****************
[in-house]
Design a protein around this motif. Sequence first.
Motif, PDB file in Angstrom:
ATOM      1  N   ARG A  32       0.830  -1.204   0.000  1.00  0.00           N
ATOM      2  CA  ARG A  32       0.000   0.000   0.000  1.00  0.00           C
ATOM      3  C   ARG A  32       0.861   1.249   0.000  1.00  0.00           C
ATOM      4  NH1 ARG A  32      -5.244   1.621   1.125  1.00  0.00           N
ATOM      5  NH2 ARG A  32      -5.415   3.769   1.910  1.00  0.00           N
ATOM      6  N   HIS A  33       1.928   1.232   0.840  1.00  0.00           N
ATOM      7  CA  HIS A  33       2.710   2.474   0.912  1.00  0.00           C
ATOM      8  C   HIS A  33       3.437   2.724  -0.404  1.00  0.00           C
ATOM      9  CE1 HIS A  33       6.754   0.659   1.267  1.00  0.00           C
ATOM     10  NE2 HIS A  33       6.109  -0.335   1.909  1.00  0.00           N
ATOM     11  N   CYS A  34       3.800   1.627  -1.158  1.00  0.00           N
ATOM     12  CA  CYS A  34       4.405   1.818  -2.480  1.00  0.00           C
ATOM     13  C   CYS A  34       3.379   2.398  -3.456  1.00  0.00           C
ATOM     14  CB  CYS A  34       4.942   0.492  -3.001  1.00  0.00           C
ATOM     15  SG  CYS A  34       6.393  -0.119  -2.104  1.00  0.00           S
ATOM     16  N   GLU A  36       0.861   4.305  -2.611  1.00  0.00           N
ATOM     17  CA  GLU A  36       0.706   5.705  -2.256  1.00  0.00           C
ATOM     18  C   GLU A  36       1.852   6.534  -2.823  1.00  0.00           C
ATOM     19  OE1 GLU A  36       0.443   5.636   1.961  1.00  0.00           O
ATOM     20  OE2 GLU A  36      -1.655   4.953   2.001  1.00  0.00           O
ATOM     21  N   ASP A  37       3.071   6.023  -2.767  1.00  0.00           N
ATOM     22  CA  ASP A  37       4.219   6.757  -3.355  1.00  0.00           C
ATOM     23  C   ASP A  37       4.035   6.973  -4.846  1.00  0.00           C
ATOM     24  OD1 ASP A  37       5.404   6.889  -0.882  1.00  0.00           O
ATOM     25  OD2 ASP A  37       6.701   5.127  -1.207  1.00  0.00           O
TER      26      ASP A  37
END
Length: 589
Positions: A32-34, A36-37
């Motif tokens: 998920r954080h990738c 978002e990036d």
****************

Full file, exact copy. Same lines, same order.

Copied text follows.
[in-house]
Design a protein around this motif. Sequence first.
Motif, PDB file in Angstrom:
ATOM      1  N   ARG A  32       0.830  -1.204   0.000  1.00  0.00           N
ATOM      2  CA  ARG A  32       0.000   0.000   0.000  1.00  0.00           C
ATOM      3  C   ARG A  32       0.861   1.249   0.000  1.00  0.00           C
ATOM      4  NH1 ARG A  32      -5.244   1.621   1.125  1.00  0.00           N
ATOM      5  NH2 ARG A  32      -5.415   3.769   1.910  1.00  0.00           N
ATOM      6  N   HIS A  33       1.928   1.232   0.840  1.00  0.00           N
ATOM      7  CA  HIS A  33       2.710   2.474   0.912  1.00  0.00           C
ATOM      8  C   HIS A  33       3.437   2.724  -0.404  1.00  0.00           C
ATOM      9  CE1 HIS A  33       6.754   0.659   1.267  1.00  0.00           C
ATOM     10  NE2 HIS A  33       6.109  -0.335   1.909  1.00  0.00           N
ATOM     11  N   CYS A  34       3.800   1.627  -1.158  1.00  0.00           N
ATOM     12  CA  CYS A  34       4.405   1.818  -2.480  1.00  0.00           C
ATOM     13  C   CYS A  34       3.379   2.398  -3.456  1.00  0.00           C
ATOM     14  CB  CYS A  34       4.942   0.492  -3.001  1.00  0.00           C
ATOM     15  SG  CYS A  34       6.393  -0.119  -2.104  1.00  0.00           S
ATOM     16  N   GLU A  36       0.861   4.305  -2.611  1.00  0.00           N
ATOM     17  CA  GLU A  36       0.706   5.705  -2.256  1.00  0.00           C
ATOM     18  C   GLU A  36       1.852   6.534  -2.823  1.00  0.00           C
ATOM     19  OE1 GLU A  36       0.443   5.636   1.961  1.00  0.00           O
ATOM     20  OE2 GLU A  36      -1.655   4.953   2.001  1.00  0.00           O
ATOM     21  N   ASP A  37       3.071   6.023  -2.767  1.00  0.00           N
ATOM     22  CA  ASP A  37       4.219   6.757  -3.355  1.00  0.00           C
ATOM     23  C   ASP A  37       4.035   6.973  -4.846  1.00  0.00           C
ATOM     24  OD1 ASP A  37       5.404   6.889  -0.882  1.00  0.00           O
ATOM     25  OD2 ASP A  37       6.701   5.127  -1.207  1.00  0.00           O
TER      26      ASP A  37
END
Length: 589
Positions: A32-34, A36-37
């Motif tokens: 998920r954080h990738c 978002e990036d």